Ati and defrag

  john bunyan 20:51 06 Sep 2010
Locked

I have w7, ATI 2010, an USB HD and a second ,slave drive in a SATA removable caddy. After scans for viruses, malware and a defrag, I make a verified image of each of the two partitions on my main drive , on the USB HD(on which I also have some other stuff, such as a mirror Synch of data). I also make a clone of the primary drive on the slave, all weekly. I have noticed that after the two images (verified) of the main partitions, the USB is 67% fragmented. I run a Auslogics defrag but my question is: Does the defrag destroy the image in some way? I thought of partitioning the USB so a special partition would be used for verified images, not defragged. Any views?

  sunnystaines 21:05 06 Sep 2010

not sure but i would not defrag it just to be safe.

a clone is like the hdd but an image should be one big file.

  john bunyan 09:26 07 Sep 2010

Too late for this time. My USB HDD was defragged after removing the previous image, but after the new image, was 67% fragmented. It took about 1.5 hours to defragment, and I wonder if that has ruined the verified image. I think I might start over, and partition the USB drive into one for images and another for normal files, defragging only that partition.Anyone else noticed this "fragmented" feature with ATI on USB drives?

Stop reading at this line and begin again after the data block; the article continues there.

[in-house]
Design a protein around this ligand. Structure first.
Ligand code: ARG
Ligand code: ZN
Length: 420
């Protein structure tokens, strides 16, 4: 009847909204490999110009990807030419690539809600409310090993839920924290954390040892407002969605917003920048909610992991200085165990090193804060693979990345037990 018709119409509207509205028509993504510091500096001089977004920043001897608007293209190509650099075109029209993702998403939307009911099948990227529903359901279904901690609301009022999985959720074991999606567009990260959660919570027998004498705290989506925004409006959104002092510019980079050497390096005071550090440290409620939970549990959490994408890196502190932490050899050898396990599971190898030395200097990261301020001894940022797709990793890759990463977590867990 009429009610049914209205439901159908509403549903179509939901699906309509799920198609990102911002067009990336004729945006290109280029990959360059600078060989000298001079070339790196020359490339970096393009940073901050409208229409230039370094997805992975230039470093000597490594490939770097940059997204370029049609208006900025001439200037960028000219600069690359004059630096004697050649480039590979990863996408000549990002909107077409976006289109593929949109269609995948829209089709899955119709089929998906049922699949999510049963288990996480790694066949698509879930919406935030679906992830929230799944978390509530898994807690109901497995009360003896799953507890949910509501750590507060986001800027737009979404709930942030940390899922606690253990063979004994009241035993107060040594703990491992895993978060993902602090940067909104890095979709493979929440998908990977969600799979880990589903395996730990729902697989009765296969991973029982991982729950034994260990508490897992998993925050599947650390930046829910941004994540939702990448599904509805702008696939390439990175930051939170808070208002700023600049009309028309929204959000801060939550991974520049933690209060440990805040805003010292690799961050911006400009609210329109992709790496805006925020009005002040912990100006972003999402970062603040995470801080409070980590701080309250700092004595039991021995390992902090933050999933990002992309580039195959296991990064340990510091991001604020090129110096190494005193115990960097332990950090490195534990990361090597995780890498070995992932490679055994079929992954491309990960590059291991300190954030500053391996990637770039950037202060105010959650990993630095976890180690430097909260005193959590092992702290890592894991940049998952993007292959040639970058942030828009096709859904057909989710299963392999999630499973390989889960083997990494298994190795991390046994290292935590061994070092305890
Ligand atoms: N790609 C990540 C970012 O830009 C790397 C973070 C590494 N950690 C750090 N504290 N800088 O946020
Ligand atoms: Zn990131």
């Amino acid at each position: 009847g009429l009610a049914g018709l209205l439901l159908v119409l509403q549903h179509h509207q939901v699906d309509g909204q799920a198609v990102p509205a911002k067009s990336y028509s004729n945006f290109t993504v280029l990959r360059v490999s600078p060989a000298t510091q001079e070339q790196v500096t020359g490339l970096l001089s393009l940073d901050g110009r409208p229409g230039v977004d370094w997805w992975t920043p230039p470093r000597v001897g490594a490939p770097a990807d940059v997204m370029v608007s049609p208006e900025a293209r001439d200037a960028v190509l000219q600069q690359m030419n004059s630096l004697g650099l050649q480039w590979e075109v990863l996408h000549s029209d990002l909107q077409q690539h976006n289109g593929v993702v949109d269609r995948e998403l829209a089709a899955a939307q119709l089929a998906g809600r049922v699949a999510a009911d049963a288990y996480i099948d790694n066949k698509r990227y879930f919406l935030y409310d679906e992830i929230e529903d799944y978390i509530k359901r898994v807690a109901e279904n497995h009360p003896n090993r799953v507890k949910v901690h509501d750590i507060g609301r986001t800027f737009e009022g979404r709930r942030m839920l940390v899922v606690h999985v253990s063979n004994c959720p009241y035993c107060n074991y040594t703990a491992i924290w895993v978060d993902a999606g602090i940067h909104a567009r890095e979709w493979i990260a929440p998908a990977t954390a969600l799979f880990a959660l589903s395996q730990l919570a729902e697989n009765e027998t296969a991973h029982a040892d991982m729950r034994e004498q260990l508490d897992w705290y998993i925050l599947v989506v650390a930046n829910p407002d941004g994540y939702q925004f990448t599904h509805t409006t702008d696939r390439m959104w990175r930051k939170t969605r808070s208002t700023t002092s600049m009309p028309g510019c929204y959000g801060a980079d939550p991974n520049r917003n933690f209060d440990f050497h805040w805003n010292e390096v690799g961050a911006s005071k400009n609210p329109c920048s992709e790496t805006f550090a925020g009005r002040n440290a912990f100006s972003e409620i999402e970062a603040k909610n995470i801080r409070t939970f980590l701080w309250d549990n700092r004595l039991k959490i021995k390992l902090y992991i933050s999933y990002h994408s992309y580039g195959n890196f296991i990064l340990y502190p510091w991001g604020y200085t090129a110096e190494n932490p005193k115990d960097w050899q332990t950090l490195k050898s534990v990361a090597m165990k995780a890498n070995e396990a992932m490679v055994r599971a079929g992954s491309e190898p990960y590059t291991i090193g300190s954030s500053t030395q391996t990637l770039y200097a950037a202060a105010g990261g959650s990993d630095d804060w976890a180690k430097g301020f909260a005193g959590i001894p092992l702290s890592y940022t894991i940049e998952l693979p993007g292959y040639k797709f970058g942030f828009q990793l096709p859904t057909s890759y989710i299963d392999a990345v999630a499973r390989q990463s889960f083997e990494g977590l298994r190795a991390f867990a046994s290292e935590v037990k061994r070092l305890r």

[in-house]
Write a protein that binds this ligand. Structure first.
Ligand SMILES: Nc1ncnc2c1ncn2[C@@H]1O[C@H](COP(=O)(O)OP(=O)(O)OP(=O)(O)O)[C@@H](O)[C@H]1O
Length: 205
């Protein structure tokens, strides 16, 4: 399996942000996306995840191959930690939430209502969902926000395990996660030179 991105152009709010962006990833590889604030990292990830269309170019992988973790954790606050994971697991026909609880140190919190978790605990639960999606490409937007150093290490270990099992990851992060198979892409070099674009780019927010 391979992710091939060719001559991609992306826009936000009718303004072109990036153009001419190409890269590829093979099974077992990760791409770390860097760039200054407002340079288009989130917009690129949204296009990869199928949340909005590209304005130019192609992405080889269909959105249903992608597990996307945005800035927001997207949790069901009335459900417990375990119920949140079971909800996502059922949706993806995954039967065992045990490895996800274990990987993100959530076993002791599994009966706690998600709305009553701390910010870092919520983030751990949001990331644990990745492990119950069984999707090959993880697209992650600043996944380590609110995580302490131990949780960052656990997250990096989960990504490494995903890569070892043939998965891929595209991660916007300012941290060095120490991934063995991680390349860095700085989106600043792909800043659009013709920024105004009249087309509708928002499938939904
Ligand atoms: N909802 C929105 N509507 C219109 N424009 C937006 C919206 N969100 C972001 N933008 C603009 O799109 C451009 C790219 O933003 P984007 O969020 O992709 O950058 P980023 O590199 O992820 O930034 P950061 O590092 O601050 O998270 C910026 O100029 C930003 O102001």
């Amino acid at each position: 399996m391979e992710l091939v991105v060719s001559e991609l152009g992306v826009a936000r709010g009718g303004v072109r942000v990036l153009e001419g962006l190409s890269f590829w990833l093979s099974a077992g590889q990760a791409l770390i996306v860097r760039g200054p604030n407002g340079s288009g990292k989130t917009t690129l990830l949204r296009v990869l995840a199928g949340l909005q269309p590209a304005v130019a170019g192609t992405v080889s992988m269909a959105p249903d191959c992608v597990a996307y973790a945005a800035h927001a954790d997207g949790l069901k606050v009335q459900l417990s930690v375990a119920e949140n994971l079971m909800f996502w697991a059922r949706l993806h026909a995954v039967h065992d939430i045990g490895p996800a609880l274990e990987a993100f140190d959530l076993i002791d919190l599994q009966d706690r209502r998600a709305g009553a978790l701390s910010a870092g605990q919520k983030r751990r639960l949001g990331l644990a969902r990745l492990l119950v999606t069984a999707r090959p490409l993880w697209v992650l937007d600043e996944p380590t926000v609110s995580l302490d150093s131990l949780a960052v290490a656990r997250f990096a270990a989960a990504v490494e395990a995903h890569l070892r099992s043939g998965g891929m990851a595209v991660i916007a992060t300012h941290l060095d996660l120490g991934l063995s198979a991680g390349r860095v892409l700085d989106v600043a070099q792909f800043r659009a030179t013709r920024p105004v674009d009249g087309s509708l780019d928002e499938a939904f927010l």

john bunyan 17:03 08 Sep 2010

As no one else has commented, I think that defrag programmes are puzzled by image files as they look like one file.A defrag after adding 2 images took ages and started ay 65% defragged. I have now, with help on another thread, created two partitions on my USB HD and will keep ATI images on one, and other "normal" data and back up data (e Mail etc) on the other.

  DieSse 19:11 08 Sep 2010

"...as they look like one file"

They don't look like one file - they are one file (each image). As such they cannot be de-fragmented internally.

A defragmenting run with one large file and many small ones is problematical - better to do as you have and keep the tib files in one partition and the other files in another.

Though on a backup drive defragmenting is not a particularly useful activity anyway.

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